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The Unanswered Question

The first time I ever heard the phrase “Academic Freedom” was when I was 22 years old.  It happened in 1979, when I was a student at St. Louis University School of Law.  I had no idea when I started law school that I was going to get a real “education” on how a Catholic university operated. 

During my first year in law school, the university announced that Fr. Charles Curran had been invited to teach at the university as a visiting professor.  He was scheduled to teach theology classes during the upcoming (1980) summer session.  After the announcement, there was a huge uproar in the Catholic community, especially among the alumni.  Fr. Curran was a well-known antagonist and media darling who had previously published articles and spoken out against Church teaching on divorce, contraception, masturbation, pre-marital sex, and homosexuality.

On the day after the story broke, I received a telephone call from the insurance agent I had purchased car insurance from when I moved to St. Louis.  He was a member of a Catholic alumni group.  He told me that several groups were planning on picketing the office of the president of the university (a priest) over the decision to invite Fr. Curran.  That evening I joined him and the other picketers on the sidewalk in front of the president’s office.

There were reporters from all of the local media outlets who were interviewing the organizers and picketers.  Although it was not my intention, I ended up being among the picketers who were filmed for the evening news.

The next day when I walked into my Contracts class, one of my classmates (Dana), launched a verbal assault on me.  He had seen me on the news participating in the demonstration.  Dana and I were friends.  We met on the first day of class when I sat next to him.  Since we were assigned to the seats we chose on the first day, we sat next to each other for the entire semester.  Unlike me, Dana had only attended Catholic schools, while I had attended a public high school and college.  He was a better student than I was, primarily because he was much more focused and disciplined in his studies.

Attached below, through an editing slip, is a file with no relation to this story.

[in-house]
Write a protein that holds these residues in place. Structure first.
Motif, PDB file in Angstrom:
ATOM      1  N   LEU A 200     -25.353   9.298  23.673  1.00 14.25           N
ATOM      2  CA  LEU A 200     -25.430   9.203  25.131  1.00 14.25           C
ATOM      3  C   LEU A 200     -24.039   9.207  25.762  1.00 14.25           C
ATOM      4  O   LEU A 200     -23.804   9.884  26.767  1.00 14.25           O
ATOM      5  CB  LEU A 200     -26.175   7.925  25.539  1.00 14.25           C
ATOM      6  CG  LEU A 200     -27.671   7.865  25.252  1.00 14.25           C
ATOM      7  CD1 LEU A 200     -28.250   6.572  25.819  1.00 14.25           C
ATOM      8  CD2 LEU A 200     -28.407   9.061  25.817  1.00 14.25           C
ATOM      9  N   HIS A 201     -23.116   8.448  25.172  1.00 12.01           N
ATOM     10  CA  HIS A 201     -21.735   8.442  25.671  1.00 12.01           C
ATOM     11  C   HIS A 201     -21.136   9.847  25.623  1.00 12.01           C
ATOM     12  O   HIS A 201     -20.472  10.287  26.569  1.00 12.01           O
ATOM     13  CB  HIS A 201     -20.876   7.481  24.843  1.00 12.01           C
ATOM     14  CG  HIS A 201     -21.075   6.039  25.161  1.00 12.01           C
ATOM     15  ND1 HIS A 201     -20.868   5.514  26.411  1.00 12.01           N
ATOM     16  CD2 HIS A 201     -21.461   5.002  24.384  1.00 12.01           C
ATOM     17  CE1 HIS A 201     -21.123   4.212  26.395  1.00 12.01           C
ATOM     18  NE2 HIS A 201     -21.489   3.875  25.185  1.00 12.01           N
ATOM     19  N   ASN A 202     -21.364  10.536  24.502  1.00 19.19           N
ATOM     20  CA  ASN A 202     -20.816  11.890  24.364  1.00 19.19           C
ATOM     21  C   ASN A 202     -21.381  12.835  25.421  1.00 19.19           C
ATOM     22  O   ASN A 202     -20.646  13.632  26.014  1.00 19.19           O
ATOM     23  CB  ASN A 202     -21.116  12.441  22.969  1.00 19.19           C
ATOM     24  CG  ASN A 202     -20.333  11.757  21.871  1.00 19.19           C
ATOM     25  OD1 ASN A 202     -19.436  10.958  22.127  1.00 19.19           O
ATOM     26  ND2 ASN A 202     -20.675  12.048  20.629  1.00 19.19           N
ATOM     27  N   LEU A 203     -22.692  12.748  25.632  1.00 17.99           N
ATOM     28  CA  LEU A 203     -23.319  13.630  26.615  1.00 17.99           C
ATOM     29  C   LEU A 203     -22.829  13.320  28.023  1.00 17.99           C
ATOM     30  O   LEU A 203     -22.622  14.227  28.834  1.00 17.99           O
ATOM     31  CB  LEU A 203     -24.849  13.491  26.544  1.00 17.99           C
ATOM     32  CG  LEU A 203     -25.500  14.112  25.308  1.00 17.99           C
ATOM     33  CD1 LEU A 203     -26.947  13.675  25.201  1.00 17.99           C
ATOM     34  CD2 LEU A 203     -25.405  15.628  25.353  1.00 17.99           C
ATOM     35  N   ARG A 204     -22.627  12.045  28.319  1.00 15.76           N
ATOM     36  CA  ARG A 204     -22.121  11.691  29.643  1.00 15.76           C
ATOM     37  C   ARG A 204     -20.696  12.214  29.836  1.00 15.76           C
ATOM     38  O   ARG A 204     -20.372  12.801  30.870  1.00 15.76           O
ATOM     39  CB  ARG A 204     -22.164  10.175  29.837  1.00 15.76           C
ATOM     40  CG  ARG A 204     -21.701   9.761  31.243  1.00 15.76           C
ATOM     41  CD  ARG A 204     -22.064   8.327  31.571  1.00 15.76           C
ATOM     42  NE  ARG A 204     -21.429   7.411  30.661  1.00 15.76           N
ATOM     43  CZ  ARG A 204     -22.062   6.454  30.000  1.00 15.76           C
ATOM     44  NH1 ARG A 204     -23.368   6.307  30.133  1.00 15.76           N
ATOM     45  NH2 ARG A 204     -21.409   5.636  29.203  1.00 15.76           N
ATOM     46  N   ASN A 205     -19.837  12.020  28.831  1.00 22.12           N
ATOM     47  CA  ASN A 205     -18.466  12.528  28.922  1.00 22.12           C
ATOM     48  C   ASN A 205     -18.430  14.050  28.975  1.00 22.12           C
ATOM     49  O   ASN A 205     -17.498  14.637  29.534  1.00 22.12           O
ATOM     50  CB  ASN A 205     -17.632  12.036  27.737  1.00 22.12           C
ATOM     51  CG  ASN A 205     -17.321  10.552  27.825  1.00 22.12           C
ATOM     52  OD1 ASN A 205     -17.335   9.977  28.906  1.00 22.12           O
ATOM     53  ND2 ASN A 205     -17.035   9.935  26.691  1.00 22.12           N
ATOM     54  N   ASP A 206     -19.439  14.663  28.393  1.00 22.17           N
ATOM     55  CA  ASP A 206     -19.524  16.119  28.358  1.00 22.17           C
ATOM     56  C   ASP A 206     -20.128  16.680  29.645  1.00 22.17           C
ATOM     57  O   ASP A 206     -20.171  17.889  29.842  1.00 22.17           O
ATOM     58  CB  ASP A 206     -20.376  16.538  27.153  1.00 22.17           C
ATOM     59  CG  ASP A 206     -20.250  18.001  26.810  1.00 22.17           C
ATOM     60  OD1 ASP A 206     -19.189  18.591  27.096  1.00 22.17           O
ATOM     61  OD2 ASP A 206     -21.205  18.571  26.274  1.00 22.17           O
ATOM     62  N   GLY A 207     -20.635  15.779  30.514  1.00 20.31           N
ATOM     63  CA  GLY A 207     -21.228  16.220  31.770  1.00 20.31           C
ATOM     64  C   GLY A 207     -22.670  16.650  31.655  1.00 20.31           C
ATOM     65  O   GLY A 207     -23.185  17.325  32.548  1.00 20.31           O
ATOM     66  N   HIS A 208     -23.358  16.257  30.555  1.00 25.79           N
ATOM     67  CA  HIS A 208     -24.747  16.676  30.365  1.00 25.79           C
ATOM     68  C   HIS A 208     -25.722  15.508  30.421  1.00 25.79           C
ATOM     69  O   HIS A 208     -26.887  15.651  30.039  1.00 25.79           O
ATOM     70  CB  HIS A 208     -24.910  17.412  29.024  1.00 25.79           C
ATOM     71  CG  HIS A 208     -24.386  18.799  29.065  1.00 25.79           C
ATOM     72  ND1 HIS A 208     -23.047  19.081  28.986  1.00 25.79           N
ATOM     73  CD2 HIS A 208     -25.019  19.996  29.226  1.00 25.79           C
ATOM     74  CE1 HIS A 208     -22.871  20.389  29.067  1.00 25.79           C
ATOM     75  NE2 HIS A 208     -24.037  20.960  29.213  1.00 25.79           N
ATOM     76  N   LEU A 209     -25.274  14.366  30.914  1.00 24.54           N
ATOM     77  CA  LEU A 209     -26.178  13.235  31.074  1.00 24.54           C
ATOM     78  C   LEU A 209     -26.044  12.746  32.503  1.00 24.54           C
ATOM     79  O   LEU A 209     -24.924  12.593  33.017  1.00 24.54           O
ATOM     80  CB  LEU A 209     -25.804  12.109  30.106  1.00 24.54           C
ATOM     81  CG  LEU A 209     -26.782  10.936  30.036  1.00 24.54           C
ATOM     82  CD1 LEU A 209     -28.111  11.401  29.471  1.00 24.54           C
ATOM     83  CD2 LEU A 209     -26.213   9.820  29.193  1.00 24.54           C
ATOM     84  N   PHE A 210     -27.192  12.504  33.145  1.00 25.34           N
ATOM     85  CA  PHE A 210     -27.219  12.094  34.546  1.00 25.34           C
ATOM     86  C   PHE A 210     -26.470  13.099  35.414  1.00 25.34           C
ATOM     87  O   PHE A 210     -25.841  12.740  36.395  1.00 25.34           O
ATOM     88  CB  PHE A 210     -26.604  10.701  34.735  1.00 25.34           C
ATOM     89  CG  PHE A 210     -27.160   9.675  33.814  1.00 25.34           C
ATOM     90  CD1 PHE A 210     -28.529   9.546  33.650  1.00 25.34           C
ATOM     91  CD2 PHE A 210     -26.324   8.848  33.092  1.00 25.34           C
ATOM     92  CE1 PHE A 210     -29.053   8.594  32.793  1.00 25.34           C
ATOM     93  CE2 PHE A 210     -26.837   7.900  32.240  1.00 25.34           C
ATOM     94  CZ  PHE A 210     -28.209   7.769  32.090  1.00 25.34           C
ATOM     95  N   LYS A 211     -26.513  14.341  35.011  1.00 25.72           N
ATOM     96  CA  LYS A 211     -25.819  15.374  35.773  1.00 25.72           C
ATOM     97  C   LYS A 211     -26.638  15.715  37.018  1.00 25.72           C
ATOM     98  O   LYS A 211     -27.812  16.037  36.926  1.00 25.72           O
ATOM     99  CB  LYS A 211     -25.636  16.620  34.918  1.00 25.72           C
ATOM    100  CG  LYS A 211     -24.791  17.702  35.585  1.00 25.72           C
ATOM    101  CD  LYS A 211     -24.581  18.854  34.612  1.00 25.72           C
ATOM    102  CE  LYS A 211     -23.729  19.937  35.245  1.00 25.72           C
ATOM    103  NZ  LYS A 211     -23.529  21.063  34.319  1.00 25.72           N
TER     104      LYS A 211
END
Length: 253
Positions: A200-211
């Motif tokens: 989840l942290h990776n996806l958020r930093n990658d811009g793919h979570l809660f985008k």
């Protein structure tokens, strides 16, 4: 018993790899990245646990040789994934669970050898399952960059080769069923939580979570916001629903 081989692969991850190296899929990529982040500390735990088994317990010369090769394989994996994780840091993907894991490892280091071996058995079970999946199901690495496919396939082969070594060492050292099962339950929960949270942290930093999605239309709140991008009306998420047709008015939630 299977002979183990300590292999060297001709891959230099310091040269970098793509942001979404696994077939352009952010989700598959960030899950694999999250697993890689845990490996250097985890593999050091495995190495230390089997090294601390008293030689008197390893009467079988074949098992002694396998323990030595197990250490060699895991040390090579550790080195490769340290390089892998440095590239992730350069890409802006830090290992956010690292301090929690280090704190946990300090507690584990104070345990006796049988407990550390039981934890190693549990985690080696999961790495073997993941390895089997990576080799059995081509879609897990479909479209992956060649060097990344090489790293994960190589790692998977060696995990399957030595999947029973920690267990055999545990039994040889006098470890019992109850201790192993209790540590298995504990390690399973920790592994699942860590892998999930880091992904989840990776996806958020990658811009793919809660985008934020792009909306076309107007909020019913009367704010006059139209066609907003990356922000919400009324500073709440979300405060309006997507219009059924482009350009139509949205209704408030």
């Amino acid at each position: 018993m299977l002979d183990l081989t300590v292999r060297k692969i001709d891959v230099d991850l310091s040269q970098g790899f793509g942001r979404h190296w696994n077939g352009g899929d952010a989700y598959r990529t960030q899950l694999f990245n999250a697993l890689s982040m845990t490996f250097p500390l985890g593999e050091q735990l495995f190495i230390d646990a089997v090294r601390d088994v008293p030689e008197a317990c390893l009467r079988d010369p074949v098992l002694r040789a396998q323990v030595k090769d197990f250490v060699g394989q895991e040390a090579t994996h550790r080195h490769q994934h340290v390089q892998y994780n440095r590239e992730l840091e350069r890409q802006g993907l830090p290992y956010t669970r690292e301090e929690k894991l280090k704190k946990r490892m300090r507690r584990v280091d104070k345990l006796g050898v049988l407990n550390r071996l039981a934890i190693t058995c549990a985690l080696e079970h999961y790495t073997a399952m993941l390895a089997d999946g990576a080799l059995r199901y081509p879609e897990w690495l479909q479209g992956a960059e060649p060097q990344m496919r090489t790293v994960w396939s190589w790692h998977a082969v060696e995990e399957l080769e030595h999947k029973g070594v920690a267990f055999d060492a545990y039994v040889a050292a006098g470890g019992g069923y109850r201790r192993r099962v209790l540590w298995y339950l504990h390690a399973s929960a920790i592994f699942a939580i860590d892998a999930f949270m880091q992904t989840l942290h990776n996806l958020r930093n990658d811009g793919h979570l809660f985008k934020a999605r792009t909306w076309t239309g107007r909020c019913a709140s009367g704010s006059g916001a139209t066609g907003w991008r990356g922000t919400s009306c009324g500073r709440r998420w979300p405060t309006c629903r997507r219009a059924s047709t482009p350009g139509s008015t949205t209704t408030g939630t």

Dana and I argued both before and after class about the controversy that had arisen over Fr. Curran.  He tried to intimidate me by making condescending comments about how I didn’t really understand how things worked at a Catholic university.  He kept using the words “academic freedom” to justify his position that the university not only had the right, but the obligation to present different points of view, even if those views were contrary to the teaching of the Church.  I responded that an objective presentation of different points of view was acceptable, but Curran wasn’t objective.  He was biased against the very Church he was representing, and was actively promoting and using his anti-Catholic views to persuade Catholic college students to defy Church teachings.

Even though I wasn’t familiar with the concept of academic freedom, it didn’t matter.  To me, it was nothing more than a devious and destructive technique that was being used to appeal to the intellectual pride of Catholic students.  In addition, it was being used to justify outright disobedience of fundamental Catholic teachings.  I argued that a Catholic university that was being led by priests had an obligation to adhere to the teachings of the Church and to equip its students with the intellectual firepower that was needed to defend the Church.  Of course, nothing I said changed the way Dana felt about the university’s decision to invite Fr. Curran.

The controversy over Fr. Curran continued for several days and eventually a number of prominent Catholics in the community demanded that the Archbishop of the Archdiocese of St. Louis use his influence to reverse the decision of the university.  The Archbishop had not been given prior notice of the decision to invite Fr. Curran. 

After seeing that the controversy wasn’t going to die on its own, the Archbishop issued a written statement to “clarify” his position on the matter.  Among other things, the Archbishop stated that even though Fr. Curran was under investigation in Rome, he was still a tenured professor on the theology faculty of Catholic University of America (which is located in Washington, D.C).  He went on to state that it was a “Catholic and American tradition not to condemn a man until a decision” by Rome was rendered.

The Archbishop also stated that although he would not have personally made the decision to invite Fr. Curran, he was not going to interfere with the judgment of the university.  (As a side note, 6 years later (1986), the Vatican declared that Curran was no longer allowed to teach theology at Catholic University of America.  The decision was made by the Sacred Congregation for the Doctrine of the Faith, headed by then-Cardinal Joseph Ratzinger [now Pope Benedict XVI].  Curran subsequently left the priesthood and is currently a “Professor of Human Values” at Southern Methodist University in Dallas, Texas).